WHEW! That’s a lot of steps!

The cheap design of DRAM’s switch circuits also contributes to its slow speed. To fit billions of switches on a single chip requires small transistors that carry a small charge. In order to read such a small charge, the charge must be amplified, which takes time. Lastly, distance plays a role. SRAM is physically closer to the CPU than DRAM, which makes reading SRAM much quicker. Your CPU has methods for dealing with the slowness of DRAM. Here’s a great resource to learn more about this.

Non-Volatile Memory

Non- Volatile Memory Is Like A Light Switch

Non-volatile memory is like a light switch. You need energy to turn a switch on and off. But once you turn a switch on or off, it does not require power to store its state. You can give it dirty looks and growl at it like Marge, but it will maintain its state. Non-volatile memory is mostly used for storage (secondary memory). This includes the hard disk drives (HDD), solid state drives (SSD), and cloud storage, but it also includes an important type of memory called read only memory (ROM).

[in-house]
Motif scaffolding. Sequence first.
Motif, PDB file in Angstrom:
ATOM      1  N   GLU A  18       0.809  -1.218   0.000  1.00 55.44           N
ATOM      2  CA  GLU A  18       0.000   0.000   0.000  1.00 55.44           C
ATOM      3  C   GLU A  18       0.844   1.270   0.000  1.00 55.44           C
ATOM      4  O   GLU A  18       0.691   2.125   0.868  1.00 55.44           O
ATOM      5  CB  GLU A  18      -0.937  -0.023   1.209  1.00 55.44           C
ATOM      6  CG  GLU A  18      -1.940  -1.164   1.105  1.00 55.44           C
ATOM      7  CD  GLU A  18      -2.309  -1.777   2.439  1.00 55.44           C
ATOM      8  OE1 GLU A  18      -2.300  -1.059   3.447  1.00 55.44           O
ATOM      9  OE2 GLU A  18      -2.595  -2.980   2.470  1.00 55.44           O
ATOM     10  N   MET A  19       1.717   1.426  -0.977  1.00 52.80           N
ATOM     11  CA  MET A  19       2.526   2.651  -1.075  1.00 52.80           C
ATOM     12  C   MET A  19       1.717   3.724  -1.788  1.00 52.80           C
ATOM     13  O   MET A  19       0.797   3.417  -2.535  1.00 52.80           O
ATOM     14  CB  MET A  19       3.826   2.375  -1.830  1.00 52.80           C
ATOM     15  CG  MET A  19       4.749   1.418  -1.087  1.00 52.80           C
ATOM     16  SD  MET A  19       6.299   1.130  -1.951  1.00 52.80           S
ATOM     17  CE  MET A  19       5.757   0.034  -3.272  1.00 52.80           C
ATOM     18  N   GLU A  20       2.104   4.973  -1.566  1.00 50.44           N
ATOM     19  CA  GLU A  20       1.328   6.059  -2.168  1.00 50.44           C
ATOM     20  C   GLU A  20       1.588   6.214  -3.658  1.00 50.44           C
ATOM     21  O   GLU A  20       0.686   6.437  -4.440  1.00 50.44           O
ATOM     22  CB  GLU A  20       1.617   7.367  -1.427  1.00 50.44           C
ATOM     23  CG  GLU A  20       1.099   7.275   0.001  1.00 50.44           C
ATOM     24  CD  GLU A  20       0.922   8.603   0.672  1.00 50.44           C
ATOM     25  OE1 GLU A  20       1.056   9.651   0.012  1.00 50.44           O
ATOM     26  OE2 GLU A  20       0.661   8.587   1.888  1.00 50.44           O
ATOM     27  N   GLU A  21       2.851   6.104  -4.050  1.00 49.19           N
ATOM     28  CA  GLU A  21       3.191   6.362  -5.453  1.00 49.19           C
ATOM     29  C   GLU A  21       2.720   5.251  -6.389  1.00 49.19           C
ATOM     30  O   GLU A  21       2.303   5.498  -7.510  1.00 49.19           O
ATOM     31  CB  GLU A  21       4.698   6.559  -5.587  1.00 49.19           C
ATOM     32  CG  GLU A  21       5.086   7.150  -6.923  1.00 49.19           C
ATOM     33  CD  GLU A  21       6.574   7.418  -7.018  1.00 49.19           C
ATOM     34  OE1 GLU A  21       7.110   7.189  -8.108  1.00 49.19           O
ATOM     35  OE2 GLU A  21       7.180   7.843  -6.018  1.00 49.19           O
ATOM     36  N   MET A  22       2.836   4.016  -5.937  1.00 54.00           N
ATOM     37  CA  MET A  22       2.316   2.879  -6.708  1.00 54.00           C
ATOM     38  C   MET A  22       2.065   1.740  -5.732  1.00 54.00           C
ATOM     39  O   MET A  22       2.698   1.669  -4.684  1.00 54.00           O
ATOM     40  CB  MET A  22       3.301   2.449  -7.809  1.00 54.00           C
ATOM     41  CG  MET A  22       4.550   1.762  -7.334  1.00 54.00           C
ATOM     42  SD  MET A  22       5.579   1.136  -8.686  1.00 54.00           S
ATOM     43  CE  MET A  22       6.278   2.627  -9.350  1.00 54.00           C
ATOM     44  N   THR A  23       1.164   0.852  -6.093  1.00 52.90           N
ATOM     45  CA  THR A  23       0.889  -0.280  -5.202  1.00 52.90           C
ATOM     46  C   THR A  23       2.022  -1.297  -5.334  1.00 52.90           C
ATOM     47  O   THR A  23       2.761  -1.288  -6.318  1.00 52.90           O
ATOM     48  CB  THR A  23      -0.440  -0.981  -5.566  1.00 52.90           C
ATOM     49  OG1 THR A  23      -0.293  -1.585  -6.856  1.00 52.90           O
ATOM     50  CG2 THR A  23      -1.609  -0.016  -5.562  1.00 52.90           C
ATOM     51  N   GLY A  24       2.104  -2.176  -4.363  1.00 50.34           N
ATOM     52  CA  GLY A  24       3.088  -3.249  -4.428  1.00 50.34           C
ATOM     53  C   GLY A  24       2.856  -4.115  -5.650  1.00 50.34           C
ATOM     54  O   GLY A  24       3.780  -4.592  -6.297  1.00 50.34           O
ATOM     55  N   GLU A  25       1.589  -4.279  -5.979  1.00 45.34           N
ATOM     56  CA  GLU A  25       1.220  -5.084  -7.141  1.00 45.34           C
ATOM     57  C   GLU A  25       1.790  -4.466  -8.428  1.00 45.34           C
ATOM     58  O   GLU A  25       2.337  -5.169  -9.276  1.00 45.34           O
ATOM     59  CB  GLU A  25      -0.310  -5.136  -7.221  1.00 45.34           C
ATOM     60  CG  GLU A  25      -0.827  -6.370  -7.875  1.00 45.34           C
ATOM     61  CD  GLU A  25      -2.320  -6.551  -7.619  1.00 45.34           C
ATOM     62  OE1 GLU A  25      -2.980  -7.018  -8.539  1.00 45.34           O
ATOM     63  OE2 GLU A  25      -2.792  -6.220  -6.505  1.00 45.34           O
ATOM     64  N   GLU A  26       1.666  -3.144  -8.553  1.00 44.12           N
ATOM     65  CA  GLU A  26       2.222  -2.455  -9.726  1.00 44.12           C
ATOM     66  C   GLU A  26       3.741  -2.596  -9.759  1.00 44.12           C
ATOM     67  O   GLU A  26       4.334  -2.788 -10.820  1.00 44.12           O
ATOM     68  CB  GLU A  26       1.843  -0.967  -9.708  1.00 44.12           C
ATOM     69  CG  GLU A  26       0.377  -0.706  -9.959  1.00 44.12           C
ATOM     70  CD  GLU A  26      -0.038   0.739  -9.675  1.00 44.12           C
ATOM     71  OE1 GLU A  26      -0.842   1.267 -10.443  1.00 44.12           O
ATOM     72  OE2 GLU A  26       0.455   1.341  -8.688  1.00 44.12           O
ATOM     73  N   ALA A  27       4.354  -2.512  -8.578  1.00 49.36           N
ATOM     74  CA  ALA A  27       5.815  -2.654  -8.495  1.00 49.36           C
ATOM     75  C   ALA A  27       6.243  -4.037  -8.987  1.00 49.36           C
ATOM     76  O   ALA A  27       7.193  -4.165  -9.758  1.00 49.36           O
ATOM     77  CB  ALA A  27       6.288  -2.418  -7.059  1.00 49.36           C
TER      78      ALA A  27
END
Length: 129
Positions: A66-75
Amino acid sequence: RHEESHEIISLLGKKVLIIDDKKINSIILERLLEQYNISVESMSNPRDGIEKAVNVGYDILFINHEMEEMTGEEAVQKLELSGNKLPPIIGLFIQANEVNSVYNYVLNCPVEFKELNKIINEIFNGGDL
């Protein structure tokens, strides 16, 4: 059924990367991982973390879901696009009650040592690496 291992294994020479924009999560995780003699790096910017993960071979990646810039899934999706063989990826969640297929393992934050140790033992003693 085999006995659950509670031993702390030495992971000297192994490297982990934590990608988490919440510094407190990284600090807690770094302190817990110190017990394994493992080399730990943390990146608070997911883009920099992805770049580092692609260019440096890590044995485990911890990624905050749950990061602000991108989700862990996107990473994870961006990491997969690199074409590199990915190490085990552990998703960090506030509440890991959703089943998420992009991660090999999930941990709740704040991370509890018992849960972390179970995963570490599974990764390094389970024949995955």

Secondary Storage

Most memory stored on your computer is slow memory. This includes your flash memory, hard disk drive and cloud memory. The fastest in this category, flash memory, can be randomly accessed for reading and writing, but is slow for editing or erasing and can only be edited in blocks. The random access read and write capability is why solid state drives (SSD) are more expensive than hard disk drives (HDD), but SSD is still not used for your computer’s random access memory (RAM).

Read Only Memory (ROM)

ROM is almost like the skeleton memory of your computer. It stores the vital information that allows your computer to operate. In older computers, ROM stored entire operating systems, but now it usually stores firmware, which is the group of programs that provide low level control of computer hardware.